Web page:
Big Pharma Wants In

Style Magazine Newswire | 4/20/2016, 9:24 a.m.
Of all the interesting players vying for the jockey spot to sell bud in Canada’s race to legalize, the country’s ...

Of all the interesting players vying for the jockey spot to sell bud in Canada’s race to legalize, the country’s largest pharmaceutical retailer, Shoppers Drug Mart, is touting itself as the safest option for Canadians.

Shoppers Spokeswoman Lana Gogas told CBC News in February, “We believe that dispensing medical marijuana through pharmacy, like other medications, is the safest option. Current Health Canada regulations stipulate that the only legal method to obtain medical marijuana is through a licensed producer. Therefore, pharmacies are not permitted to dispense medical marijuana at this time.”

Shoppers is not the only drug retailer wanting a piece of the action. London Drugs in Western Canada is also looking at marijuana as a viable option for their stores. Vice President of pharmacy John Tse said, “We believe that it would be distributed — and should be distributed — through pharmacies, where pharmacies can help guide people to use this on a medical basis.”

With the same ‘if you can’t beat em, join ’em’ attitude, the Canadian Pharmacists Association (CPhA) did an about-face this month by changing their stance from back in 2013, when they opposed pharmacies being included in cannabis distribution, citing the old and deflated argument that there was a lack of evidence for the medical benefits of marijuana and concern for an upswing in crime if pharmacies carried the product.

Now the CPhA has ‘evolved’ and recently decided that pharmacies are not only an option, but the best option to carry MMJ. “Pharmacists are the safest and best equipped to provide clinical advice to patients and provide appropriate oversight. Pharmacist involvement in dispensing of medical marijuana would help identify potential problems such as drug interactions, alternative therapies, contraindications and potential addictive behavior, and provide the opportunity for patient counselling on appropriate use,” said Phil Emberley, Director of Professional Affairs, Canadian Pharmacists Association in a press release.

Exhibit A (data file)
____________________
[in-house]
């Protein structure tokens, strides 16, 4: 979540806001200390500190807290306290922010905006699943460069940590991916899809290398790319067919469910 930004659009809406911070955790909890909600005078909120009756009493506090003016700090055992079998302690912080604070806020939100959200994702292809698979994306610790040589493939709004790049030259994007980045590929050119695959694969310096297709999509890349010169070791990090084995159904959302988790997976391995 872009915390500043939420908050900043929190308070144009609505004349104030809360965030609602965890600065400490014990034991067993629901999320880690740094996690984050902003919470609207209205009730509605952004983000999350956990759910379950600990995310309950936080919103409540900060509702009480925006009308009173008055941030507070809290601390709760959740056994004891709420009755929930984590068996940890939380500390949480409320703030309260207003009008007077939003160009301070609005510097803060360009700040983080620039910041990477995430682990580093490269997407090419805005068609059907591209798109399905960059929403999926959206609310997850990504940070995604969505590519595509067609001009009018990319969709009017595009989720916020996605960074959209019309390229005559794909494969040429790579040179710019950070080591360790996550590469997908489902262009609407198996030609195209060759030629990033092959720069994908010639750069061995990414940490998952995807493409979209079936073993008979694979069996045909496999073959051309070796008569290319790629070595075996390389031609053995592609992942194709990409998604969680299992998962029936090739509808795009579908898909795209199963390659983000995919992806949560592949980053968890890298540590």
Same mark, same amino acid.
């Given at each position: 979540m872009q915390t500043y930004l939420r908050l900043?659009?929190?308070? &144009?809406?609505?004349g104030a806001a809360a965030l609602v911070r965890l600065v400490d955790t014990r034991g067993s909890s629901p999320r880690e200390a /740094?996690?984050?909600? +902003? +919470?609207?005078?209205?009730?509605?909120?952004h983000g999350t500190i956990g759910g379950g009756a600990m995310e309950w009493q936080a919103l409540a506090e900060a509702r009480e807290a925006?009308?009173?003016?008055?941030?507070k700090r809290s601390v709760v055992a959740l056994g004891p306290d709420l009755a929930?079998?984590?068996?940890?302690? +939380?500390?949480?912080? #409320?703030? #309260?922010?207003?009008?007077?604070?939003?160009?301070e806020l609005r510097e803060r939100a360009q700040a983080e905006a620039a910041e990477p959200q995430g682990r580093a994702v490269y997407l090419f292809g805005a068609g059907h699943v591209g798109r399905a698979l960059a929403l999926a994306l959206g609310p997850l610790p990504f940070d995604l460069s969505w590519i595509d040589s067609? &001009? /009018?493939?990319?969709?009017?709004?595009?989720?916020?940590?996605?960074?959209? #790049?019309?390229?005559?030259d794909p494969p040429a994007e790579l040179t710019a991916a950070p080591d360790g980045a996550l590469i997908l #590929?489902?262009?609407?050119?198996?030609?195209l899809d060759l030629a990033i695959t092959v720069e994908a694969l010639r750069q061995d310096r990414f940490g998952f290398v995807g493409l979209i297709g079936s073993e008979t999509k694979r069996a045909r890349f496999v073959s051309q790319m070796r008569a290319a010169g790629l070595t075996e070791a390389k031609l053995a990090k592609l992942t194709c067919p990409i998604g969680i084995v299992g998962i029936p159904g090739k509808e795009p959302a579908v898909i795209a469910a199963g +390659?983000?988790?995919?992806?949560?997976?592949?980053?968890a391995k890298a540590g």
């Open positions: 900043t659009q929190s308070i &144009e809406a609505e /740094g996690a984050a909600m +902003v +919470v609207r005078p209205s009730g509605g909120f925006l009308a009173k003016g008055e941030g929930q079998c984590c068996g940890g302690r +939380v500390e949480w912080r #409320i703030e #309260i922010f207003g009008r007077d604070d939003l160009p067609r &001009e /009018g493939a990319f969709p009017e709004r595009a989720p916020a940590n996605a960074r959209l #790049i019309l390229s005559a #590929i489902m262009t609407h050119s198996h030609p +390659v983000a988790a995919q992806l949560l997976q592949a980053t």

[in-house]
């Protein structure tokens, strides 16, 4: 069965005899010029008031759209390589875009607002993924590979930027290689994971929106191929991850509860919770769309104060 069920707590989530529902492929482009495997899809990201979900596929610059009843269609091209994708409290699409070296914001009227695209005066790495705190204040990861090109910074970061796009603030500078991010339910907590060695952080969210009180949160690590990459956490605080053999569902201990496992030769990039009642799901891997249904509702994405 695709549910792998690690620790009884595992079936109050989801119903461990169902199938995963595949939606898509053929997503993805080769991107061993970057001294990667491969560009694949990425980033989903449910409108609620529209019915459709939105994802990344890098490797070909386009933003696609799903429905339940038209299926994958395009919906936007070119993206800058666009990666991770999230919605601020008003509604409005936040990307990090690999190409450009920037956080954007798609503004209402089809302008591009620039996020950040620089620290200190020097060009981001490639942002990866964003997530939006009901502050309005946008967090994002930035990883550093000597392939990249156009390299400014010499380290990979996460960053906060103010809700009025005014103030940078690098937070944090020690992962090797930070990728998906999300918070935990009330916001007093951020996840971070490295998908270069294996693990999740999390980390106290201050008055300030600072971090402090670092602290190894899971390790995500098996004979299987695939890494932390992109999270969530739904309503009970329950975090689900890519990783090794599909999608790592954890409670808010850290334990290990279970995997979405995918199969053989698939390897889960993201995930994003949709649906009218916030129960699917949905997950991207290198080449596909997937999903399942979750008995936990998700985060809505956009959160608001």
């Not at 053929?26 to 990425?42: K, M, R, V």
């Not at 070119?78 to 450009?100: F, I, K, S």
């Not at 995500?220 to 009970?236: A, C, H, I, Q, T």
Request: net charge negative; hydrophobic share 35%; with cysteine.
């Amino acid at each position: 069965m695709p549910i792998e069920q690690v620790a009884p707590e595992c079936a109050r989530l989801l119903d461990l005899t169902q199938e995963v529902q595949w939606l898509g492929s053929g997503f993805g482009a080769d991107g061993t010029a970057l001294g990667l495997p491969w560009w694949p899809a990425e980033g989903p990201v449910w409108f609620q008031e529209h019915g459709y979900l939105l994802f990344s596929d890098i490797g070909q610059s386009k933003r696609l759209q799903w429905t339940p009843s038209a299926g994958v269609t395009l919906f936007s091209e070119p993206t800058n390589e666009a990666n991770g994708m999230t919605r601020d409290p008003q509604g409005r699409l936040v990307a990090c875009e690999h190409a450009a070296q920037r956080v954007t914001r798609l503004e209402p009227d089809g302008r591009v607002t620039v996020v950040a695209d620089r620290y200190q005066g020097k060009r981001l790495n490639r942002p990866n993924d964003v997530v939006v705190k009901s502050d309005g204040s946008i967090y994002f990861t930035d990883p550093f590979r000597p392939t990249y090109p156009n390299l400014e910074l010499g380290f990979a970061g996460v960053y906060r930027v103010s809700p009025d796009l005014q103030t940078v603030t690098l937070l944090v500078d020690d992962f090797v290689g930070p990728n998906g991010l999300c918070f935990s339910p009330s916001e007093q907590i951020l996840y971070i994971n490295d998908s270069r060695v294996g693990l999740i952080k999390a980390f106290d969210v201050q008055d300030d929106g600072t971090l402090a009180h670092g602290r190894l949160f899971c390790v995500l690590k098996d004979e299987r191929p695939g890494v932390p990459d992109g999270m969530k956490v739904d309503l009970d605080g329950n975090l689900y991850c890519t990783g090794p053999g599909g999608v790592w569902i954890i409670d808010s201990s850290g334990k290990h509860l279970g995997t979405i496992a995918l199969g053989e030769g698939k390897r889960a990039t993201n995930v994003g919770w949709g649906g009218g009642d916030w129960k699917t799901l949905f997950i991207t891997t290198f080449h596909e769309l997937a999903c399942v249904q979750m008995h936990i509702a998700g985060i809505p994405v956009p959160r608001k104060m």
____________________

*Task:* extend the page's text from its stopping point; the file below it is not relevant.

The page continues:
According to a national survey conducted for the association done by Abacus Data ,73% of respondents said pot should be treated like other medicines and sold in pharmacies. When asked about marijuana distribution methods, 52% chose pharmacies as their preferred method of distribution.

Inevitably, Canada will open the flood gates for the recreational market, which could spell doom for the medical marijuana business. More people will simply buy weed at the store instead of having to go through their doctor, but pharmacies could see a good chunk of business well before then. Until Trudeau stops dragging his feet on the recreational issue, retailers are lining up at the government’s door, all presenting the case why they should be the ones to distribute the world’s most popular illegal substance.

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